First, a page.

Jill A. Duffy is an Associate Attorney in the Troy, Mich., office of Cordell & Cordell. She is licensed to practice in the state of Michigan. Ms. Duffy received her BA in Psychology and Spanish and graduated Magna Cum Laude from Oakland University. She received her Juris Doctor from Michigan State University College of Law and graduated Magna Cum Laude. 

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10 Comments on "Stay At Home Dad: What Are My Rights?"

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Ramon Suarez
10 months 22 days ago
I was working in general warehouse and had lost my job so the very next day I started looking for work. My other asked me to stay home and take care of our 2 year old daughter but I told her I wanted to get back to work as soon as possible and she told me to stay home so she can further her career and sense I could not find a job that week I agreed but was only agreeing until I found a job! I was the only one at the time to own a car so I… Read more »
Fank
1 year 3 months ago
For what it is worth, these stories are similar. Just 5 minutes ago a man told me his wife picked up and left. Just like that. There is usually a man attached to this scenario. Watch for it. The second place villain is a girlfriend telling her she can so better without you. Seldom happens. Problem is the children suffer terribly. The women don’t put the children first. Men, above ALL, continue to take care of your babies. The wife will never understand the impact this has on children. Speak with other men going through this. There is a common… Read more »
Jay
1 month 10 days ago

I’ve been a SAHD for 11 yrs and now i being bashed consistently by my wife’s actions. She’s breaking the commissioners ruling, that is yet vaige, but getting away with it. The G.A.L when I spoke with her spoke of my wife as the Saint and I’m the one being the issue. Yet my understanding was a G.A.L was supposed to be neutral.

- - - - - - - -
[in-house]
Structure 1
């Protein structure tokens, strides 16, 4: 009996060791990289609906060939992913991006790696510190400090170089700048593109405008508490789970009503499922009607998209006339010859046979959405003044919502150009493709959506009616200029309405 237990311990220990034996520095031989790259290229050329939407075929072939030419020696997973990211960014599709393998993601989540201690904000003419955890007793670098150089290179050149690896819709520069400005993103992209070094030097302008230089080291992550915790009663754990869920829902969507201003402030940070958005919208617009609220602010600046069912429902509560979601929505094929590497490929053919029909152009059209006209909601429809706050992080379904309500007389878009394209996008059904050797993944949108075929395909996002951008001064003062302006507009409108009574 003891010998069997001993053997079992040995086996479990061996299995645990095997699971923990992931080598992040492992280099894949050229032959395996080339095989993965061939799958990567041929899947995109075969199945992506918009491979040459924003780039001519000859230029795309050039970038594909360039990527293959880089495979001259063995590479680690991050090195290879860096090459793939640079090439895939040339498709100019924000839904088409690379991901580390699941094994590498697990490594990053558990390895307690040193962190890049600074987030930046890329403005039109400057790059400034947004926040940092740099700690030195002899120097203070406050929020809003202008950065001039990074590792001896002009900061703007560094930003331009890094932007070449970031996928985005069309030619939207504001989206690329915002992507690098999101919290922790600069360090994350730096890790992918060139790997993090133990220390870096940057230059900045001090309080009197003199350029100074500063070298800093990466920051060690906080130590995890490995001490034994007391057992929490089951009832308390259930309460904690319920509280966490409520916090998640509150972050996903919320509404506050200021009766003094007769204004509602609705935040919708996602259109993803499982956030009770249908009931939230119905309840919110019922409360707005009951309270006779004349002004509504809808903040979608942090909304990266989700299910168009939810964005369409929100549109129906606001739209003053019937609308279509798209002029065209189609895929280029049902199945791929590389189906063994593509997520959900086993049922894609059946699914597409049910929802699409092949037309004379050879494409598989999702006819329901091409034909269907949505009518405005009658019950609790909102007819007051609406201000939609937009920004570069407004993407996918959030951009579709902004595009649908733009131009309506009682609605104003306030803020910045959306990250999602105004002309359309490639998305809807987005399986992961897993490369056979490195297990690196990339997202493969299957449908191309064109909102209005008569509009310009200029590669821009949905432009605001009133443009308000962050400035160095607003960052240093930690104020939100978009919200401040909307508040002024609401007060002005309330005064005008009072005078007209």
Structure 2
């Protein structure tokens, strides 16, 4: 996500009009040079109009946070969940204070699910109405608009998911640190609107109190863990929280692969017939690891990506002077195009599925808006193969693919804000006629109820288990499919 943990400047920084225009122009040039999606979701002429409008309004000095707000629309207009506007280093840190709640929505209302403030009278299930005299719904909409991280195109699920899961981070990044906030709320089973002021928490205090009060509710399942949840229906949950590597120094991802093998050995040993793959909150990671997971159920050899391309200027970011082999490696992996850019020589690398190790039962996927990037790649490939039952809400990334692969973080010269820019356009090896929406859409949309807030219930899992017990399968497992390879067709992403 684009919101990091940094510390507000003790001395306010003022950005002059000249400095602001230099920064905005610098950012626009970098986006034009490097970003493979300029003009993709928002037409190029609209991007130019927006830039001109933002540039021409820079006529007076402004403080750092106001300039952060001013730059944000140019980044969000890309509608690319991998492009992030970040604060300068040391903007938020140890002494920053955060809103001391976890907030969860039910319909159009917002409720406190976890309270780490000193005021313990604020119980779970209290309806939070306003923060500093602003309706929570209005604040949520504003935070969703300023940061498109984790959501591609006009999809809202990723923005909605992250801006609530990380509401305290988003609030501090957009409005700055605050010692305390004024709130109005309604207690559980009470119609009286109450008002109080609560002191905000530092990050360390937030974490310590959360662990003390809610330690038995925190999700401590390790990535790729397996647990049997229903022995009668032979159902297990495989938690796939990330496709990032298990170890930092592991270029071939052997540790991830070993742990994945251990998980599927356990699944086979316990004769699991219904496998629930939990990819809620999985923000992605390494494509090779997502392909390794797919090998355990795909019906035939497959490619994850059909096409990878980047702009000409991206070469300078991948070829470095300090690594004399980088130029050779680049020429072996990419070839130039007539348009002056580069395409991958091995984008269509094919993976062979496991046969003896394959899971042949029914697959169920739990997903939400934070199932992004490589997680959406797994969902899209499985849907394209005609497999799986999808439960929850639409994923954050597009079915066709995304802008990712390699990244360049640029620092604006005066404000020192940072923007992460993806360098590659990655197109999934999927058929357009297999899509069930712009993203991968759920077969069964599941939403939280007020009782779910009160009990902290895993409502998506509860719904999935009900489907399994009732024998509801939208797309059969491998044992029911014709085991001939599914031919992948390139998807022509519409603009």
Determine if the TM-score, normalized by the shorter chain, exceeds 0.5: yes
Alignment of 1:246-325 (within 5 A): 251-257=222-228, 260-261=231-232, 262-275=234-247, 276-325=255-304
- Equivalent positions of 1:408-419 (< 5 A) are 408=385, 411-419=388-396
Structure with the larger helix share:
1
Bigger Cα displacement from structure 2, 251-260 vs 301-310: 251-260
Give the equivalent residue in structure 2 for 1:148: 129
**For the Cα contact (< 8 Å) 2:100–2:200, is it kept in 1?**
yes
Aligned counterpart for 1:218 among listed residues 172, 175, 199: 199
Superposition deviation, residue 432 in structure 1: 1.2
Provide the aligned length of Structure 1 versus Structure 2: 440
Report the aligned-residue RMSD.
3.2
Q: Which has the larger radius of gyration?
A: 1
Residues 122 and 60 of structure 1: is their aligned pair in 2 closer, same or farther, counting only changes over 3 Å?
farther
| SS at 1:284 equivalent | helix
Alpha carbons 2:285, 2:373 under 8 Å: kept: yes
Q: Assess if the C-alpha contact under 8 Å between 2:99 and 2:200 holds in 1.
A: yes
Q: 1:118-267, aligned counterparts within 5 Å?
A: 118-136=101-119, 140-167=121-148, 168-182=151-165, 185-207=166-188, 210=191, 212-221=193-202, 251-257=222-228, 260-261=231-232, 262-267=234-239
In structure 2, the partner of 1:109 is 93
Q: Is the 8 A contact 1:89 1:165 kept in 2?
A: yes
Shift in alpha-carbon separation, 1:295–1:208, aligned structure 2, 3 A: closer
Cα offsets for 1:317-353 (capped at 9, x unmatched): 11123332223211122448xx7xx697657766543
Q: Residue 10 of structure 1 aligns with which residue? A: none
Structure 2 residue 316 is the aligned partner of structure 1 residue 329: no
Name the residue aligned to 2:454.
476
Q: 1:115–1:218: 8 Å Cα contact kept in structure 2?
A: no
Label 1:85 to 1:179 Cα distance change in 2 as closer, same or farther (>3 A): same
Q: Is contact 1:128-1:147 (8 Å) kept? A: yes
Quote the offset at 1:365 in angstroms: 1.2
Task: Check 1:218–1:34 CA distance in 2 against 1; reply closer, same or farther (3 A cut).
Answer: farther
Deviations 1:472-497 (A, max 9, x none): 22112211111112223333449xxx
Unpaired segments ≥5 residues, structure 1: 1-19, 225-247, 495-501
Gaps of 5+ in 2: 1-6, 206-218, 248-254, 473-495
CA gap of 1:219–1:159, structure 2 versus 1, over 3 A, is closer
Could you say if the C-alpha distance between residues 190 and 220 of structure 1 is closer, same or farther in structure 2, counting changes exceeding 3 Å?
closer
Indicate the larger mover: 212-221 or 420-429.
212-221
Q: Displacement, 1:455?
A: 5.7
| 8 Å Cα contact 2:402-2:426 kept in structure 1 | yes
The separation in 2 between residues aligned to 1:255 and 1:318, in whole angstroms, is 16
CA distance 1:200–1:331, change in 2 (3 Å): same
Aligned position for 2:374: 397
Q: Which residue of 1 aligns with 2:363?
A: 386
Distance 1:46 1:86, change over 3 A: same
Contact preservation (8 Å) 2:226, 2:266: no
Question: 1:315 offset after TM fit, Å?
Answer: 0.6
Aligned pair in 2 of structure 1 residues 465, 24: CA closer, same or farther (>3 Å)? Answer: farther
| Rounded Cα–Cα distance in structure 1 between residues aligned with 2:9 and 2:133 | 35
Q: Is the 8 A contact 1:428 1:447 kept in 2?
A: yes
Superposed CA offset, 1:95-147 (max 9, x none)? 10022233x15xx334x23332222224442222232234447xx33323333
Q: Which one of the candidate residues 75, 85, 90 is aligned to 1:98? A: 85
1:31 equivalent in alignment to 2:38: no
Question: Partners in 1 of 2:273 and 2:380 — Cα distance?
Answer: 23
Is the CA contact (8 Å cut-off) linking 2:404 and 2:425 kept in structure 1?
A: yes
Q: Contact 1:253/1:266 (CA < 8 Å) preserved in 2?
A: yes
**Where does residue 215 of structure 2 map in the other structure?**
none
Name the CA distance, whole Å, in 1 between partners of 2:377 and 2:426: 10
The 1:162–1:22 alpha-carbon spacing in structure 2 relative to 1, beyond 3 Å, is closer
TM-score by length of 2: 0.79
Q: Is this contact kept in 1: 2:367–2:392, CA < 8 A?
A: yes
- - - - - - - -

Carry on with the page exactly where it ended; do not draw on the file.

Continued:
Brian Harney
1 year 4 months ago

we have been married 7 years, both have taken the rolls as stay at home parents at one point, she now works a full time job 12hrs a day, i have the responiblity of school, sports and appointments. she has now met somone else and wants a divorce. i just moved to this state where i ha e no friends or family for support, all i have is my childern, she is trying to force me out of the house, she has no time for our childern, 10am to 10pm she works. im not sure what my rights are

Steve Busse
2 months 23 days ago

Dude I’m with you I hope things work out for you. If you ever need a brother to talk to 9255801483

Ken Lucas
1 year 6 months ago

I was force into the stay home father position because the mother has tenure at her company and she didn’t have any parenting skills. After ten years in this position, what I thought would happen, has happen. She has found someone else. Now she wants me out and has cut me off from everything. No Money, No Jobs, No Sex, No car and soon, no place to call home. Any help for me out there?

Gab San
2 years 14 days ago
stress stay at home dadCalifornia, I have a verbally abusive wife that abuses my 4 yr old and me. She is always belittling me everywhere. I have many hours of voice recording and making her acknowledge she is being recorded which she doesn’t care. I do have a felon record due to her side of the family that are drug dealers and till this day they still are. I do have a hard time seeking night jobs because it doesn’t last long or the night is killing because I don’t get enough of sleep. My wife does try to brainwash… Read more »
Andy
3 months 27 days ago

I am going through the exact same thing right now so I wish I could give you advice but I can only wish you the best I also have charges and my 3yr old daughter is my life! So I hope everything works out for you and I know it’s not advice but it is nice to know there are other good dad’s out there going through the same situations lol you know what I meant! Just wanted to say I understand! Hang in there and best of luck to you!

help this dad
4 years 1 month ago

stay at home dad
I have been a stay at home dad for 9 years raising our three children so my wife could work at her high paying job. My wife filed a PFD on Monday. As a result, I am not able to see my kids or go near my house. My wife also hijacked my e-mail account. We are scheduled to see the judge on Thursday. HELP!

Cliff Kirkland
4 years 10 months ago

Stay at home dad
thank you for your tips, I need all the help I can get